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The Senator and the Socialite: The True Story of America's First Black Dynasty Paperback – July 3, 2007
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Top Customer Reviews
Graham's new book is like "Our Kind of People" on steroids. In "The Senator and The Socialite", Graham actually found a black family that epitomizes the black upperclass he talked about in his first book. Although this is a history book about the first black senator --a man named Blanch Bruce from Missisippi, the book reads like a novel. Almost like a movie. It's got everything in it. A former slave marries a light skinned free black woman. The couple becomes the richest black family in D.C. in the 1870s. They hang out with President Grant and Frederick Douglass. Their kids go to Harvard and Radcliffe and the daughter not only gets a law degree at Boston University, she becomes head of the law review. Graham is clearly fixated on high-living rich people because he even talks about how much money the Senator spends at Saks Fifth Avenue store in 1880-something. He's got details on the size of their houses (imagine, black folks who owned an 800 acre plantation, plus houses in D.C.Read more ›
We are introduced to Blanche Bruce as a young slave, the son of a slave woman and her white owner. The author gives us some idea of the complexity and varieties of the slave experience, when he shows us a society where some slaves were permitted to read and write, became educated, had a fairly good relationship with their owners, acquired money and property, had aspirations and families, and were sometimes voluntarily freed by the people who owned them (and who were frequently related to them!) When we think of slavery we think of Simon Legrees, whips and chains. Those surely existed but the entire tapestry was a bit more variegated.
Therefore, with emancipation, Bruce was already prepared to succeed. By his natural talents, Bruce becomes a wealthy land owner and political figure in Mississippi. We read about a truly bizarre world in which people who were considered property only a short time before are running state governments, engaging in politics, publishing newspapers, starting businesses and trying to find a modus vivendi with a white America and, particularly a white Dixie, which couldn't believe what was happening.Read more ›
It is a controversial political family, accused by many that the offices were used to consolidate power rather than assist those in need;
It is a family that seemingly rejects some relatives, as members who aren't "high enough" on the social ladder are hardly acknowledged;
It is a family whose progeny simply cannot maintain the financial and social standing set forth by an extraordinary (grand)father and (grand)mother.
The outstanding research by Lawrence Otis Graham brings to life the rise and fall of a family that has never received its due from the so-called history books in high schools and colleges.
After putting the book down you will appreciate the challenges and burdens surrounding the family and perhaps realize that some of the travils are roads you may have traveled, though perhaps to a lesser degree.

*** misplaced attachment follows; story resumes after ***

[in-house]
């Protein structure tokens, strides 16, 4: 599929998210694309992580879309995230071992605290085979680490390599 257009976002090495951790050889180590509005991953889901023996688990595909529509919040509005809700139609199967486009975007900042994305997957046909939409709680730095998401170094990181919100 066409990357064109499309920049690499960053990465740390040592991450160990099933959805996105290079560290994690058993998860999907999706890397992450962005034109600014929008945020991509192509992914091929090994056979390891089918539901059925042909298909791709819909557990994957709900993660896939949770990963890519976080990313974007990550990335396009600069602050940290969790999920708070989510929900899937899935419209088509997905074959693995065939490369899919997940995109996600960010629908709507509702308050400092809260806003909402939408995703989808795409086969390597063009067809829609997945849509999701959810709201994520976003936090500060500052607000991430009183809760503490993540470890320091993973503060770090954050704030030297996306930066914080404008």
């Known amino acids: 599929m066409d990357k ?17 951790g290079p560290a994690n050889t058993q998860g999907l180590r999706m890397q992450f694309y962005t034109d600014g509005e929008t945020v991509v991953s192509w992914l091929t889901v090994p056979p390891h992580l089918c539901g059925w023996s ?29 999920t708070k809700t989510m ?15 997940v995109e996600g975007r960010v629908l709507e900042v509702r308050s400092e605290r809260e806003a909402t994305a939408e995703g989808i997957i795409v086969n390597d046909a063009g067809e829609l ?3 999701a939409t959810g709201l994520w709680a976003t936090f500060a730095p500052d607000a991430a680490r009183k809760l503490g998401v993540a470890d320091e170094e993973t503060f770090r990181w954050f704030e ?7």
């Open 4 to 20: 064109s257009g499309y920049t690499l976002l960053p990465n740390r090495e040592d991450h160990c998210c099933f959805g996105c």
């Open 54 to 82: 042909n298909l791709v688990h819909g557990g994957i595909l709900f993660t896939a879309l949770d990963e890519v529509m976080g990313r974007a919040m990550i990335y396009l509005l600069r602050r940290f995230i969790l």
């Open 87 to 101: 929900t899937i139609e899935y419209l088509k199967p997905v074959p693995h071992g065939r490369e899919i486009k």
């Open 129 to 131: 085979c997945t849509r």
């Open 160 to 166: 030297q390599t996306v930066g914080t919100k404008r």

Blanche Bruce, the senator, was a slave for 23 years. While it might have been easy to allow a less than desirable beginning to hold him back, Blanche was made of sterner stuff. The son of a slave and a white master, he rose from slavery to become a landowner of an 800-acre plantation and a variety of rental properties. He was elected to the U.S. Senate in 1874. He gained appointments under no less than four presidents and was the first black man to have his name printed on U.S. currency. He also married a beautiful black woman from a prominent family.
Josephine Willson, the socialite from Philadelphia and daughter of a doctor, was a fitting companion for an ambitious man. She married the senator in 1878. Their society wedding in the Episcopal Church and four-month European honeymoon were only a sign of the good things yet to come. Josephine possessed a light complexion, a blessing when it came to being accepted by white Republicans and society and a curse when it came to the presidency of the National Council of Colored Women.
The senator and the socialite would become a powerful duo complementing each other perfectly and rising to great heights. This is the story of their humble beginnings and great accomplishments. The book is also peppered with an impressive number of names from America's past and interesting facts that shaped the history of our country.Read more ›
Most Recent Customer Reviews
So it's wasn't like a page turner I can't put this down novel but as a lover of history especially African American history LOVED IT.Published 12 months ago by Fayth Green
great historical backround on a very painful part of our country's and as spellbinding as any fiction, though the reader knows it's based on fact. BeverlyPublished 13 months ago by Beverly
I didn't like this book but it was a gift for someone who did like it.Published 17 months ago by Alicia S.
Although I appreciate the clarity with which Mr Graham presents the lives of Blanche Bruce and his family, I don't like the misrepresentation of the North. Read morePublished 21 months ago by Ria
This book gets three stars for the following reasons...
Lawrence Otis Graham is NOT a likeable man. He is a vain elitist in desperate need of a wake call. Read more
THIS BOOK WAS SO GOOD AND INFORMATIVE THAT I HAVE READ IT THREE TIMES. I ORDERED IT AFTER GETTING IT FROM THE LIBRARY FOR MY PERSONAL LIBRARY.Published on April 21, 2014 by PrinceQue
It is so informative! It is a MUST READ for every American regardless of your race or creed. However every African American child should be required to read this bookPublished on February 19, 2014 by D. Brazzle